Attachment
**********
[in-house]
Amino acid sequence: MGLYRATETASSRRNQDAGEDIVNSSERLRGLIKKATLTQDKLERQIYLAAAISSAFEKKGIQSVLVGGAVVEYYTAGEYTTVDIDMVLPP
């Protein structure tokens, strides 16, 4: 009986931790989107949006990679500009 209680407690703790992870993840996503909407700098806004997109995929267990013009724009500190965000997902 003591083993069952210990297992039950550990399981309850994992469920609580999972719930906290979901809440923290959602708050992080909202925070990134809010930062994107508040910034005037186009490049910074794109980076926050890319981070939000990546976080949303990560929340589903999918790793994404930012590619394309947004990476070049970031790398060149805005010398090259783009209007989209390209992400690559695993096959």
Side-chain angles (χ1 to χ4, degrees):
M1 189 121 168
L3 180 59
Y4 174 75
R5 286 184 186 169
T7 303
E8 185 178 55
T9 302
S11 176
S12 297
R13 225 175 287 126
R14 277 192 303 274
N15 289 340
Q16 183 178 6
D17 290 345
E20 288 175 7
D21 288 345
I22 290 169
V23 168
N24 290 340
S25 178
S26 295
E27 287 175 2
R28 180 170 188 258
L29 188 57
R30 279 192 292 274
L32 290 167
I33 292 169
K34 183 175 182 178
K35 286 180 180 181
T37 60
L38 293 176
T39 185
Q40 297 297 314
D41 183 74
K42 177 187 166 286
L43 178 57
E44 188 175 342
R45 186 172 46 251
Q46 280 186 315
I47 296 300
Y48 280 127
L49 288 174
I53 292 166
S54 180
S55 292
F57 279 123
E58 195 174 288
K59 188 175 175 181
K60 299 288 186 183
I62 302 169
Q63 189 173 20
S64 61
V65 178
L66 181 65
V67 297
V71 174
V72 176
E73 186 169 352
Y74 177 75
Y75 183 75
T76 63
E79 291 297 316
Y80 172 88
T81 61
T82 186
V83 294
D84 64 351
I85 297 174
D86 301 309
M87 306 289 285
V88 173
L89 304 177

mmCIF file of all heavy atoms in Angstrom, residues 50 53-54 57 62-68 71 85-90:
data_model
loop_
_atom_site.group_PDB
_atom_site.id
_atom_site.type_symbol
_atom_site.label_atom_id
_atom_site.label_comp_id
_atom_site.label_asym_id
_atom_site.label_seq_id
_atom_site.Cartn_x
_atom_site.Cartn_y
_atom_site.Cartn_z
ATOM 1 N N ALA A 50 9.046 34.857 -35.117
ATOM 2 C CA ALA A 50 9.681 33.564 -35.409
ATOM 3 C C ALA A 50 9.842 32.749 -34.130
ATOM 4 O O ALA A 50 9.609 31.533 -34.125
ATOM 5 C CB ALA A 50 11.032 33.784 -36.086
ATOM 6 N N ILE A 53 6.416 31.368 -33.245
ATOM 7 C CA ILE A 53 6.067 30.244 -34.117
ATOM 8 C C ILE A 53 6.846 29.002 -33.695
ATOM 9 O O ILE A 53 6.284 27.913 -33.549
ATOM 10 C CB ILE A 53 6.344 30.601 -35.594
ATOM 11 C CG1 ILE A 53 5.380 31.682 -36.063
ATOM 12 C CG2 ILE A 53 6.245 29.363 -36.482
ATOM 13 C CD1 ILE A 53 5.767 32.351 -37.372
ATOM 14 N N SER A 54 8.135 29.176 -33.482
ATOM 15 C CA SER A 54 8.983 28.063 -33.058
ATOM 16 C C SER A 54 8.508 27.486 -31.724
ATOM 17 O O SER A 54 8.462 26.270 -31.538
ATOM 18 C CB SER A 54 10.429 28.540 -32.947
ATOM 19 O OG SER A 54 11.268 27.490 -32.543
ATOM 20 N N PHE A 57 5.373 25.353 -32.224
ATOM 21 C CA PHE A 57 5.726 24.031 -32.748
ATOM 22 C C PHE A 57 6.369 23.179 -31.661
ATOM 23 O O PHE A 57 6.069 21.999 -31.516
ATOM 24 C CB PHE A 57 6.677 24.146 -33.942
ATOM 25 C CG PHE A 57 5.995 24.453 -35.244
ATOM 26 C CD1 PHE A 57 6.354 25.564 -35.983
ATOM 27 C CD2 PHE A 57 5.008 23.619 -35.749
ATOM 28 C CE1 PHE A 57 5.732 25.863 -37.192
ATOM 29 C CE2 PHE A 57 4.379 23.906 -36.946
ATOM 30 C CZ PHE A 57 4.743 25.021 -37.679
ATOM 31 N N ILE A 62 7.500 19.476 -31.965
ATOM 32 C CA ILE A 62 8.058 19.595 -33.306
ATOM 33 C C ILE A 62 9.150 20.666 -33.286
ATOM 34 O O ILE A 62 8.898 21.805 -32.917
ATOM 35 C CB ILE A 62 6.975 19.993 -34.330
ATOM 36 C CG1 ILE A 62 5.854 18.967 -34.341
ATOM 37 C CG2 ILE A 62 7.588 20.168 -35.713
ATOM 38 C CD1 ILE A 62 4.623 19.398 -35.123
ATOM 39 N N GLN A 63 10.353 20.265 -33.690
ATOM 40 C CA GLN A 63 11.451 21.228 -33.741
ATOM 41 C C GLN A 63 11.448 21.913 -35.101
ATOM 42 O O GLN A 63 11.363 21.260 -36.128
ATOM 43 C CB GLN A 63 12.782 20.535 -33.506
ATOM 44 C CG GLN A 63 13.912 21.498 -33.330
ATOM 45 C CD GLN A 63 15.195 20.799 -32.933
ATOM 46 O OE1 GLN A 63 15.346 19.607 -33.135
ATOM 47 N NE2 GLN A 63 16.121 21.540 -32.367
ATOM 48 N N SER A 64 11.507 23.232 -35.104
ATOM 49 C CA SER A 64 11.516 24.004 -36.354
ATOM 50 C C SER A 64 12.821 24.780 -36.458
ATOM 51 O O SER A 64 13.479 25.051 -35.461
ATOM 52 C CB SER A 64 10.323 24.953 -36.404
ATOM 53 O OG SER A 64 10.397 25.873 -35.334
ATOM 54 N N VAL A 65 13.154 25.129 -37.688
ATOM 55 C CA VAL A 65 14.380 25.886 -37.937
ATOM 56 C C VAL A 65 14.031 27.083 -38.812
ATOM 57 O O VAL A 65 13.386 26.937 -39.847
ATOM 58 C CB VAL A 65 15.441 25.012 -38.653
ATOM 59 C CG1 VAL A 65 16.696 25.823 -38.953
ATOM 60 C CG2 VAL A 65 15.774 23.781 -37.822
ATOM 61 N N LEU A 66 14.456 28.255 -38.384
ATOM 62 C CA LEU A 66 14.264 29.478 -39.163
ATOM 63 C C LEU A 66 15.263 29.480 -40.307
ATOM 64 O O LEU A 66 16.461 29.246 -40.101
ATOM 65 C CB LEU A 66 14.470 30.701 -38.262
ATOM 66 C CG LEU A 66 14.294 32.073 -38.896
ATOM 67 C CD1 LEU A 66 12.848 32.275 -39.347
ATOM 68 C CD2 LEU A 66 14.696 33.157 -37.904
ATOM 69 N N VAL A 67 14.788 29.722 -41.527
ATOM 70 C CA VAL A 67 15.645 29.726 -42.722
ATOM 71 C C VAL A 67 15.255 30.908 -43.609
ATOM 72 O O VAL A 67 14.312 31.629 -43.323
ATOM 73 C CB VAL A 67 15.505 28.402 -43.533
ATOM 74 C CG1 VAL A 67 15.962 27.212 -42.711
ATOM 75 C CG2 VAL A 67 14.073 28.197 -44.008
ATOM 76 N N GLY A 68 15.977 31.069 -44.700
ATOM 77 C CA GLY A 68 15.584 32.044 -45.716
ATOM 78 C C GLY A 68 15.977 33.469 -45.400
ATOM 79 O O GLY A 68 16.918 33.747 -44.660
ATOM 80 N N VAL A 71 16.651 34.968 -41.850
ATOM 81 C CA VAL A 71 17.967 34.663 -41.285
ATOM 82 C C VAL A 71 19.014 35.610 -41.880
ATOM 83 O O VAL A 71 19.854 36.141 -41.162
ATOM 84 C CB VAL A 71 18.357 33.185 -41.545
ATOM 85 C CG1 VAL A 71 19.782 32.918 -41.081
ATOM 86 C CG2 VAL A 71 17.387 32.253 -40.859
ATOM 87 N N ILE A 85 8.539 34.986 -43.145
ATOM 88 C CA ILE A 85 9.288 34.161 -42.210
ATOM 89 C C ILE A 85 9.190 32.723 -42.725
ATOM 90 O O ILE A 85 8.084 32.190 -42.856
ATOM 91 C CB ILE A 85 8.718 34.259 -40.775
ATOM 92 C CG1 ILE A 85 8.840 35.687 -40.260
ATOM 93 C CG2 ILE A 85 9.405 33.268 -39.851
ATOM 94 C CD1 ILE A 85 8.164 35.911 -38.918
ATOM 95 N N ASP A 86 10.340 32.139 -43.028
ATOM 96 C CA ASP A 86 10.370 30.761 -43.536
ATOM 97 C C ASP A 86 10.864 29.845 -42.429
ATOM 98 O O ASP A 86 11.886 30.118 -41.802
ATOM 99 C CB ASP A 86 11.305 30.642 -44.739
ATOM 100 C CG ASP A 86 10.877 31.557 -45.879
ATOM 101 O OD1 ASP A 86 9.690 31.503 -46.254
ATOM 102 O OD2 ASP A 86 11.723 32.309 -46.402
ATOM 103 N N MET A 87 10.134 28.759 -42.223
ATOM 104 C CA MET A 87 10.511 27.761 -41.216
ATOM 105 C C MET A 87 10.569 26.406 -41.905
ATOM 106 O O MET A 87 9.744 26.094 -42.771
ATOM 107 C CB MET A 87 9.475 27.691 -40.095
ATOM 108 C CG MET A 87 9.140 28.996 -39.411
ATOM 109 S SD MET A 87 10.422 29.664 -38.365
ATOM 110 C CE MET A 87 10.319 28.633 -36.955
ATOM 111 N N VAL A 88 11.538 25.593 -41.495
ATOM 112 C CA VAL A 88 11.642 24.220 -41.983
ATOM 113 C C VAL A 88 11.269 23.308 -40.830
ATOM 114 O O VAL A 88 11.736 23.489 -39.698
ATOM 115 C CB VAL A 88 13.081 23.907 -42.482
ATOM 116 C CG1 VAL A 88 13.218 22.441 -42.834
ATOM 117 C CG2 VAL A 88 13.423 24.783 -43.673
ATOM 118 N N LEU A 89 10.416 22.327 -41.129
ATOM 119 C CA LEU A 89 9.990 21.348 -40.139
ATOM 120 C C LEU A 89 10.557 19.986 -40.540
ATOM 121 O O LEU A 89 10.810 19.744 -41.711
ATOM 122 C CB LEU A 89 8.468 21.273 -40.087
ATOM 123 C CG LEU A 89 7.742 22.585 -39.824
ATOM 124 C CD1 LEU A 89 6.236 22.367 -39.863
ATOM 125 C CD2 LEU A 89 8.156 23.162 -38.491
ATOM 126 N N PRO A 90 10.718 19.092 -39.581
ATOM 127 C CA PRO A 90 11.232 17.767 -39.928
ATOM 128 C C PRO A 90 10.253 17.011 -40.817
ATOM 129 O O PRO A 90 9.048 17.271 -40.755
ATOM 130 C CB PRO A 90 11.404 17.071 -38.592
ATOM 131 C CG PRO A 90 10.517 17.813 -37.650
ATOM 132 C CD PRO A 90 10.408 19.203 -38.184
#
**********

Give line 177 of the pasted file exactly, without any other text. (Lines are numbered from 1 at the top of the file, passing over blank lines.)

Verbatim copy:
ATOM 88 C CA ILE A 85 9.288 34.161 -42.210